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Modeling of chip collection during groove milling of wood based panels using DEM-CFD simulations

One way that woodworking differs from metalworking is that with woodworking, no coolant is used during machining to remove chips and dust, as the absorption of liquid into the wood is undesirable. Another important difference is the high cutting speed involved with woodworking. Both of these factors lead to the problematic distribution of chips in the machines and equipment, plus dangerous dust exposure for machine operators. Chip collection hoods and vacuuming systems can reduce these wood deposits and emissions. However, these methods are very material-, machine-, tool- and process-specific, and therefore require a long development time, which may not be cost-effective for smaller companies.

This particular case also presents many difficulties in the modelling stage. A rotating tool removes material, but also circulates the surrounding air. At the same time, the tool is in direct contact with the workpiece, which modifies the flow and redirects colliding wooden chips. Additionally, the wood chips present a wide range of sizes and shapes, so they are ejected at different positions and directions.

Both fluid flow and particle dynamics play an important role in the design process. Chip size and velocity determine whether the chips follow the flow or their own inertial path defined by the ejection from the cutting tool. By colliding with surfaces inside the hood, the wood chips decelerate and are more easily captured by the vacuuming system. This process is further improved, if the impact surfaces also guide the particles towards the suction. The design of cutting tools, in particular their chip space, influences both the induced flow around the tool and the chip ejection and thus the dispersion of the particles, which is crucial for successful chip collection.

Modeling of the wood chip ejection and capturing

In this study, DEM and CFD simulations were coupled using Ansys Fluent and Rocky DEM. While Fluent handles the fluid flow around the saw and the suction inside the hood, Rocky solves the wooden chip trajectories while considering collisions between chips and the surrounding surfaces. The influence of the local particle concentration on the flow inside the hood is obtained by taking advantage of the two-way coupling available in Rocky.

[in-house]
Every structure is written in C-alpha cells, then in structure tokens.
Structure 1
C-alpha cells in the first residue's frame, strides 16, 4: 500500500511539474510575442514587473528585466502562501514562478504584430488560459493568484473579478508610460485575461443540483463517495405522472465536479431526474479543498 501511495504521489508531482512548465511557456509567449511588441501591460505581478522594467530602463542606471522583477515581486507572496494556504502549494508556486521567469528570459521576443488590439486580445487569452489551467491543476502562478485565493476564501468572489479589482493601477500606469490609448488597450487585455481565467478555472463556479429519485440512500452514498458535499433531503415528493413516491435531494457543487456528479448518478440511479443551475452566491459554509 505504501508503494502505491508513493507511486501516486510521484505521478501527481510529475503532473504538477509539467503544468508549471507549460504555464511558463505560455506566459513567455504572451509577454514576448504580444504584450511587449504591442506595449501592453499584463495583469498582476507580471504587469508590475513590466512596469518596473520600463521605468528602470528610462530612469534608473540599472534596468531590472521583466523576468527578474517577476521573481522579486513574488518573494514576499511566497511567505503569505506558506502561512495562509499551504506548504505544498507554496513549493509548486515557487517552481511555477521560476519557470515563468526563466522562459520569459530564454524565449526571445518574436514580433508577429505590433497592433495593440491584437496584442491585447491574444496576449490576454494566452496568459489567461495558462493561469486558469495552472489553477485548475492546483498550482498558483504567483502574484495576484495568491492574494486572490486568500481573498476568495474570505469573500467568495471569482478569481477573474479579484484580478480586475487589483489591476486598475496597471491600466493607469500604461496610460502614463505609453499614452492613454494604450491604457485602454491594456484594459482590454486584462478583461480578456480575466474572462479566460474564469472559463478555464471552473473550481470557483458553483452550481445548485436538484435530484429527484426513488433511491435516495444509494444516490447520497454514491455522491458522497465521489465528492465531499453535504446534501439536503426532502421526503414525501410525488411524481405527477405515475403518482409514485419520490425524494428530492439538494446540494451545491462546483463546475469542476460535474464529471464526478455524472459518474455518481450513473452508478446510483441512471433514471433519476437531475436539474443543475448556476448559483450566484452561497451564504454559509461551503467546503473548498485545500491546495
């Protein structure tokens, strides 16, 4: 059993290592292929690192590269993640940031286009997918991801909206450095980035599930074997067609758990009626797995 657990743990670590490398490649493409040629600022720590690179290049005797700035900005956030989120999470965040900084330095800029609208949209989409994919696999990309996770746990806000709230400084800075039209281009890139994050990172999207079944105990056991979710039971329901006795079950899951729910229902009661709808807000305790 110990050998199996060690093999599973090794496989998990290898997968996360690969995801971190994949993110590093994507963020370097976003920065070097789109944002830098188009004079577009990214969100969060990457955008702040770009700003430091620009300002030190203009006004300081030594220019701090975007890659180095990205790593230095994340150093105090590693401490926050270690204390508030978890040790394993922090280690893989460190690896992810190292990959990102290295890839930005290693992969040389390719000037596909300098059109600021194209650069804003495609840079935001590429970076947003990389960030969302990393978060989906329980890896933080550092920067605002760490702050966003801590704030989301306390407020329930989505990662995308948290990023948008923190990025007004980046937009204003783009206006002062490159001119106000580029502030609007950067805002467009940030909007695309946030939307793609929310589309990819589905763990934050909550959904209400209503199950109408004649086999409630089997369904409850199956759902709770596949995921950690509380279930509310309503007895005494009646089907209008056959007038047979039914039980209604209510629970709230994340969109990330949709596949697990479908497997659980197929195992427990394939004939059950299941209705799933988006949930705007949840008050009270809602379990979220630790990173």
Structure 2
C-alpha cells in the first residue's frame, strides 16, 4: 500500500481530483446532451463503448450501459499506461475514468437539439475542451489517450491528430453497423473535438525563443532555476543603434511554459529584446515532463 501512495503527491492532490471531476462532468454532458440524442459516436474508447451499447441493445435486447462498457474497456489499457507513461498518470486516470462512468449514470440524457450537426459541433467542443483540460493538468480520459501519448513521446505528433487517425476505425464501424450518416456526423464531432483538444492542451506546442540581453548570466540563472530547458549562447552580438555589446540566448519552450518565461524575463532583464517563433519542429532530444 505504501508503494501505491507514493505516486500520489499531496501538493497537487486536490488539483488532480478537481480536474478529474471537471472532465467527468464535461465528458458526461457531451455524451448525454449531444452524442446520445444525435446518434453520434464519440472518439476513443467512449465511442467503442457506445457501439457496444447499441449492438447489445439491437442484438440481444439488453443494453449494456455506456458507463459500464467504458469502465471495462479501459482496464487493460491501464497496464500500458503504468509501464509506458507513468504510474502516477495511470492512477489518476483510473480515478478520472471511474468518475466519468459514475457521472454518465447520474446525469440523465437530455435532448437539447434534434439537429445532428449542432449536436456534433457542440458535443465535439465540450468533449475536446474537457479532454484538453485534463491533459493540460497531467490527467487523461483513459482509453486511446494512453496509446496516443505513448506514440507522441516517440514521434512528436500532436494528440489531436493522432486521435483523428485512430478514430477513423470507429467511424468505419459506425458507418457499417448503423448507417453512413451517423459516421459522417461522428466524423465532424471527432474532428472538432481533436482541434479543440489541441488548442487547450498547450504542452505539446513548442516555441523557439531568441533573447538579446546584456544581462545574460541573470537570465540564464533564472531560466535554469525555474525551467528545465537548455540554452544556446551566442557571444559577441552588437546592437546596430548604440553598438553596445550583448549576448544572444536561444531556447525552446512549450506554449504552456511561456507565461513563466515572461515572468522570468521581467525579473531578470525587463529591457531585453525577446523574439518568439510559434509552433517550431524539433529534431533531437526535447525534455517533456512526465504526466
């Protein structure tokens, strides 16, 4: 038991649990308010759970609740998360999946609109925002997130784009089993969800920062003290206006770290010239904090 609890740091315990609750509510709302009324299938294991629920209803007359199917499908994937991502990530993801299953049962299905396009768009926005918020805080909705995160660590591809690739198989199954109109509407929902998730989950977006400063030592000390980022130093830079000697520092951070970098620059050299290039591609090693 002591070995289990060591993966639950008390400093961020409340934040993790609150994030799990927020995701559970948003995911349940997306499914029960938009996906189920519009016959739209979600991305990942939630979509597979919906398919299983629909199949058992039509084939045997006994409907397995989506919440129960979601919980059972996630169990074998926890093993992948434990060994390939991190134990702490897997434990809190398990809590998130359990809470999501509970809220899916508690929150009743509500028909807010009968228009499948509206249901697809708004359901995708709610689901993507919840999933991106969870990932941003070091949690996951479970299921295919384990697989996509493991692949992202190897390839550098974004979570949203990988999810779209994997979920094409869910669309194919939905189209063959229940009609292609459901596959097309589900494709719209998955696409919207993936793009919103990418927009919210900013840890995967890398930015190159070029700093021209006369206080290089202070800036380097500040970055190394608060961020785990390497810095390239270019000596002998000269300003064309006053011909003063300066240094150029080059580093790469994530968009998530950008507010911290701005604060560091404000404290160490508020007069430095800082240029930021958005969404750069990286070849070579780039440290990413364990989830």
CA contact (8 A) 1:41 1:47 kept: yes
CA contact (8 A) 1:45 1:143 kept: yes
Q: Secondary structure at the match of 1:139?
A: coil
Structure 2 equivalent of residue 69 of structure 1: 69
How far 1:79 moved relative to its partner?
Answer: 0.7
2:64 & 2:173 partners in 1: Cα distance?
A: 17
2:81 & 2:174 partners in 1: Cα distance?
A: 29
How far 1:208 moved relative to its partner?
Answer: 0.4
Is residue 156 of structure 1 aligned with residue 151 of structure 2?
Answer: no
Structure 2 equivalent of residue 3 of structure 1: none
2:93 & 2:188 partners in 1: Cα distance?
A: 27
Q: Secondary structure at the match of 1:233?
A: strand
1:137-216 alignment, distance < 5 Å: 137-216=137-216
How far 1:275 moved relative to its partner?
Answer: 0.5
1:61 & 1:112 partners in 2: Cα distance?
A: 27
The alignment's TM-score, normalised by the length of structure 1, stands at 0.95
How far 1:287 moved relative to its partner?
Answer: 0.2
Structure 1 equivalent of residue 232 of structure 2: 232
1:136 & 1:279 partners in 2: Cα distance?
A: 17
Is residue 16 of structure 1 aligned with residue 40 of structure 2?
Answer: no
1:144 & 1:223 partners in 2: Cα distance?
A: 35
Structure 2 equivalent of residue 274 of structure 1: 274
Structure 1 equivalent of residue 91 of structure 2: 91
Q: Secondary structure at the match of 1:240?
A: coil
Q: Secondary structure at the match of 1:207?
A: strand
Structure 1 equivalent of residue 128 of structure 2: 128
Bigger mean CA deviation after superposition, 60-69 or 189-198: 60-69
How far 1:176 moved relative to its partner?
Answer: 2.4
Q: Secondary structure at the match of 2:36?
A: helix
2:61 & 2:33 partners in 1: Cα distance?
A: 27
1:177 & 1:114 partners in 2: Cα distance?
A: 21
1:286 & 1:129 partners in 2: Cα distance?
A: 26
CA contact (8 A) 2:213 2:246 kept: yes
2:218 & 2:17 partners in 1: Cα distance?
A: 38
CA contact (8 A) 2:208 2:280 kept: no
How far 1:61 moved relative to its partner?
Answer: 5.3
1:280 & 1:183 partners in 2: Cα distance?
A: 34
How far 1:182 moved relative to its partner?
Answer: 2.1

During the DEM simulation, the particles are initialized in the chip space, and are accelerated by the contact with the saw. This leads to a model of the particle ejection that’s closer to the real process, compared to a modelling approach, where particles are injected outside the chip space with a given initial velocity.

An even better description of the particle ejection is achieved when using the API-based bond-particle module. Particles are initialized in the cutting area and are bonded by virtual beams with tensile strength defined by the material properties. Once the allowable strength is achieved, the bonds break, releasing the particles. This allows for a good representation of the milling process, without the need to completely model the milling process. Some of the ejected particles also retain part of their bonds, resembling larger non-spherical particles seen in real life experiments.

Analysis of chip collection hoods

The characterization of the particle trajectories and the fluid flow inside a hood enables a better understanding of chip ejection and collection. This information is useful for the improvement of existing hoods. Walls can be adapted to help guide larger particles in the suction channel direction, improving the overall efficacy and efficiency, without changing the suction pressure and the associated energy costs.

Study conducted by Technische Universität Dresden. TU Dresden is supported by Rocky DEM Channel Partner CADFEM.


Thomas E. Hafemann

Thomas E. Hafemann

PhD Student at the Chair of Fluid Mechanics, TU Dresden

Thomas E. Hafemann works on the numerical modeling of wood chips ejection and collection applied to the grooving process aiming at the improvement of existing chip collection hoods. He holds a Master’s degree in Mechanical Engineering, and has been focused on the modeling and simulation of multiphase flows ever since.


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